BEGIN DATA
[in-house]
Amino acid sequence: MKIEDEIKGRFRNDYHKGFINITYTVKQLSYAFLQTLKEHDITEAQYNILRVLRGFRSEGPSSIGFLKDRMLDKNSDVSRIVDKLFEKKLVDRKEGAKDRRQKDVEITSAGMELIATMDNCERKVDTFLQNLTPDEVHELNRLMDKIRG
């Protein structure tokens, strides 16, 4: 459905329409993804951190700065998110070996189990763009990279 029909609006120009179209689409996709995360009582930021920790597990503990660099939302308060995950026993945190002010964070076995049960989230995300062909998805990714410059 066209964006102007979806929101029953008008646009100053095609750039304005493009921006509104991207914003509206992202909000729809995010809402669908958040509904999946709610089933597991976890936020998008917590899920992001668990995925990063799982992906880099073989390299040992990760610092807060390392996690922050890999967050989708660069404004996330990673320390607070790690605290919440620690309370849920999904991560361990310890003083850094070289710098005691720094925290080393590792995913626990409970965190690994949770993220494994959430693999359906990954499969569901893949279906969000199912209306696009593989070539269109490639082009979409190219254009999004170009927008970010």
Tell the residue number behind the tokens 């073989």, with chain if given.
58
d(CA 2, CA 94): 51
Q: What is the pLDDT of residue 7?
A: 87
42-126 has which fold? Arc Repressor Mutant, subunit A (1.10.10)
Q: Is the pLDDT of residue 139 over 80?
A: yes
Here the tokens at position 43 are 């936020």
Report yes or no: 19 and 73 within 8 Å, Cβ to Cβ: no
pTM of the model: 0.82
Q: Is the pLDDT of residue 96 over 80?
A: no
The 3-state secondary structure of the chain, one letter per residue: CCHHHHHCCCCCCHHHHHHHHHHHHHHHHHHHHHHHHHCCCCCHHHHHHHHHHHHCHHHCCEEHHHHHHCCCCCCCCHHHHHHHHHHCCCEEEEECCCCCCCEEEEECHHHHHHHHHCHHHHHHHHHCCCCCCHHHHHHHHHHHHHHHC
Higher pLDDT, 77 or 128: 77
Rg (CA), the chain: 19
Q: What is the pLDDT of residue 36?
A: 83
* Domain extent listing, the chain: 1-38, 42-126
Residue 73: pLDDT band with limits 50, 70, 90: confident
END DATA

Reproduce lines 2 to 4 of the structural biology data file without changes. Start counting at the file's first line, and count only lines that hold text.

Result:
Amino acid sequence: MKIEDEIKGRFRNDYHKGFINITYTVKQLSYAFLQTLKEHDITEAQYNILRVLRGFRSEGPSSIGFLKDRMLDKNSDVSRIVDKLFEKKLVDRKEGAKDRRQKDVEITSAGMELIATMDNCERKVDTFLQNLTPDEVHELNRLMDKIRG
């Protein structure tokens, strides 16, 4: 459905329409993804951190700065998110070996189990763009990279 029909609006120009179209689409996709995360009582930021920790597990503990660099939302308060995950026993945190002010964070076995049960989230995300062909998805990714410059 066209964006102007979806929101029953008008646009100053095609750039304005493009921006509104991207914003509206992202909000729809995010809402669908958040509904999946709610089933597991976890936020998008917590899920992001668990995925990063799982992906880099073989390299040992990760610092807060390392996690922050890999967050989708660069404004996330990673320390607070790690605290919440620690309370849920999904991560361990310890003083850094070289710098005691720094925290080393590792995913626990409970965190690994949770993220494994959430693999359906990954499969569901893949279906969000199912209306696009593989070539269109490639082009979409190219254009999004170009927008970010």
Tell the residue number behind the tokens 């073989």, with chain if given.